Frank Sinatra Has a Cold
"Frank Sinatra Has a Cold" is a profile of Frank Sinatra written by Gay Talese for the April 1966 issue of Esquire. The article is one of the most famous pieces of magazine journalism ever written and is often considered not only the greatest profile of Frank Sinatra but one of the greatest celebrity profiles ever written. The profile is one of the seminal works of New Journalism and is still widely read, discussed and studied. In the 70th anniversary issue of Esquire in October 2003, the editors declared the piece the "Best Story Esquire Ever Published". Vanity Fair called it "the greatest literary-nonfiction story of the 20th century".
Talese had spent the first ten years of his career at The New York Times. He felt restricted by the limitations of newspaper writing and began searching for jobs with magazines. In 1965, he signed a one-year, six-story contract with Esquire magazine. His first assignment from Esquire editor Harold Hayes was to write a profile of Frank Sinatra. It was a difficult assignment; Sinatra had turned down interview requests from Esquire for years.
Sinatra was about to turn 50 and in the spotlight. Sinatra's relationship with 20-year-old Mia Farrow was constantly in the news. A CBS television documentary had upset Sinatra, who felt that his life was being pried into, and he was unhappy about speculation in the documentary about his connection to Mafia leaders. He was also worried about his starring role in an upcoming NBC show named after his album, A Man and His Music, and his various business ventures in real estate, his film company, his record label, and an airline. At the time, Sinatra maintained a personal staff of 75.
Sinatra refused to be interviewed for the profile. Rather than give up, Talese spent the three months, beginning in November 1965, following Sinatra and observing everything he could and interviewing any members of his entourage who were willing to speak. Esquire paid nearly $5,000 in expenses over the duration of the story. Talese was uncertain whether the story could be finished, but ultimately concluded, in a letter to Harold Hayes, that "I may not get the piece we'd hoped for—the real Frank Sinatra but perhaps, by not getting it—and by getting rejected constantly and by seeing his flunkies protecting his flanks—we will be getting close to the truth about the man." Without Talese ever receiving Sinatra's cooperation, the story was published in April 1966.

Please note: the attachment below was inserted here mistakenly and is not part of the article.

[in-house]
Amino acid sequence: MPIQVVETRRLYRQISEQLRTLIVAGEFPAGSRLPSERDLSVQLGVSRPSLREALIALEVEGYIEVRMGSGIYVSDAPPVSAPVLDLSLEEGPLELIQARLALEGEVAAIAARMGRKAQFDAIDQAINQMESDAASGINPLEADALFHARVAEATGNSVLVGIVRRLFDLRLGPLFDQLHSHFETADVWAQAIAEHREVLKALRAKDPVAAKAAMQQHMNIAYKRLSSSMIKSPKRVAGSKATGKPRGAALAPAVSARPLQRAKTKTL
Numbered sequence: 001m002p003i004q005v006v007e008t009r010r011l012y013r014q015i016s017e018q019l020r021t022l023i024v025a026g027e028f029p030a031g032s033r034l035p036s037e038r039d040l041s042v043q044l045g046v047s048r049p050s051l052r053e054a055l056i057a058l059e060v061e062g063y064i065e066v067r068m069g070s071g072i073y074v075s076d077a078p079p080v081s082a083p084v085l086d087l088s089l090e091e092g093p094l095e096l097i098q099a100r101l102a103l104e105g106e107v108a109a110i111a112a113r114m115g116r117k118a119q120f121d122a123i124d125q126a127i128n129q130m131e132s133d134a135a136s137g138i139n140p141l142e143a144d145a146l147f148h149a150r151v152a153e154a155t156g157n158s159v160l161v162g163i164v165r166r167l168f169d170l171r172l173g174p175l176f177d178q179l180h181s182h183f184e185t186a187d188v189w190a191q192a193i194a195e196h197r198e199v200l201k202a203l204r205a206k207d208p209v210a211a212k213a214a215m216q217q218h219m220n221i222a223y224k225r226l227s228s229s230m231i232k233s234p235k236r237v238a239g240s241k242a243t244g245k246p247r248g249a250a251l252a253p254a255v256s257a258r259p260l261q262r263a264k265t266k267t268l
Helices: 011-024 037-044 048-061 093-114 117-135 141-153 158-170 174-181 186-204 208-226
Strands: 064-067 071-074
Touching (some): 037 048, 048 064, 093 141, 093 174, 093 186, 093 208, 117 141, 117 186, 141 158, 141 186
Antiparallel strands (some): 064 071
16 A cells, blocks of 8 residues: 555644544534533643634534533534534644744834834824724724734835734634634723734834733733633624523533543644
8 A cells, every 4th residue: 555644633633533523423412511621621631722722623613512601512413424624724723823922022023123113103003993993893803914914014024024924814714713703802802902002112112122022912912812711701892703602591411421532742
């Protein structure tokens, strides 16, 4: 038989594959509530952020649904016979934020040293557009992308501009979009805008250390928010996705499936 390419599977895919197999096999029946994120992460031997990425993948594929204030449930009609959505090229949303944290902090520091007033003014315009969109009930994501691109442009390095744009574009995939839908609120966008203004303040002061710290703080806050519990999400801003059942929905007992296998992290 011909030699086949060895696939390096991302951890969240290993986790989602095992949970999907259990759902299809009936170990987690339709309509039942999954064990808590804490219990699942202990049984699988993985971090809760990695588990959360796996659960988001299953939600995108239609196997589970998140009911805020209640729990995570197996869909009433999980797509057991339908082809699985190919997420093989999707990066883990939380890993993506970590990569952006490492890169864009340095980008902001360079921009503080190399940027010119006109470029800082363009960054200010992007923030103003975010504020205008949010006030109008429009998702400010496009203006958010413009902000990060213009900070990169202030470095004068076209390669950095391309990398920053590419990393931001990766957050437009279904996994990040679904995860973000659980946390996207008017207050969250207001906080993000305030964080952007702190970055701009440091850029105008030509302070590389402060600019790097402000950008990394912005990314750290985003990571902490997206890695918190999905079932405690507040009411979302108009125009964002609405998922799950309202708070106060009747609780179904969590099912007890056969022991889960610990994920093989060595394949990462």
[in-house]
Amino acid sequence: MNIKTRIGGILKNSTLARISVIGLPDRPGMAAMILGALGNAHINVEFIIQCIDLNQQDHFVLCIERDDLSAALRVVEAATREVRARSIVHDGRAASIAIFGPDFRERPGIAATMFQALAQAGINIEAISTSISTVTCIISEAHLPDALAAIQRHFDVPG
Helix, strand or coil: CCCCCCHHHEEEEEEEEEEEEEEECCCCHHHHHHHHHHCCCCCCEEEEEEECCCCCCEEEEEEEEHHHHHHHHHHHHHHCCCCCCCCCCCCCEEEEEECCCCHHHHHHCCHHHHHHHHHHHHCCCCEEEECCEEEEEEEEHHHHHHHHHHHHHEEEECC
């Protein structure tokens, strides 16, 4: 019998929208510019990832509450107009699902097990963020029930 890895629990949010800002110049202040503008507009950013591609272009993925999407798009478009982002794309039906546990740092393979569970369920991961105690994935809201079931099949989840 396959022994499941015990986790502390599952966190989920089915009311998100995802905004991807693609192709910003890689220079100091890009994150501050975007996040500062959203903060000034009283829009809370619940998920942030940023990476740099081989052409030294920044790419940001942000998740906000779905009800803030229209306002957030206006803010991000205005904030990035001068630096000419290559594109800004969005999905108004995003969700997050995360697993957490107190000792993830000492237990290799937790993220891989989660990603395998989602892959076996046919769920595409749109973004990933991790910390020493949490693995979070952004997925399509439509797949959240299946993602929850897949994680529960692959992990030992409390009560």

The profile begins with Sinatra in a sullen mood at a private Hollywood club. Stressed about all the events in his life, Sinatra, and many of his staff, are in a poor mood because Sinatra is afflicted by the common cold, hampering his ability to sing. The significance of the cold is expressed by Talese in one of the story's most famous passages:
Sinatra with a cold is Picasso without paint, Ferrari without fuel—only worse. For the common cold robs Sinatra of that uninsurable jewel, his voice, cutting into the core of his confidence, and it affects not only his own psyche but also seems to cause a kind of psychosomatic nasal drip within dozens of people who work for him, drink with him, love him, depend on him for their own welfare and stability. A Sinatra with a cold can, in a small way, send vibrations through the entertainment industry and beyond as surely as a President of the United States, suddenly sick, can shake the national economy.
The style of narrative writing, in this passage and throughout the piece, was alien to journalism at the time, and was considered the province of fiction writing. Only a few other authors, such as Tom Wolfe, were using such techniques in journalistic writing. The piece employed techniques like scenes, dialogue and third-person narrative that were common in fiction, but still rare in journalism.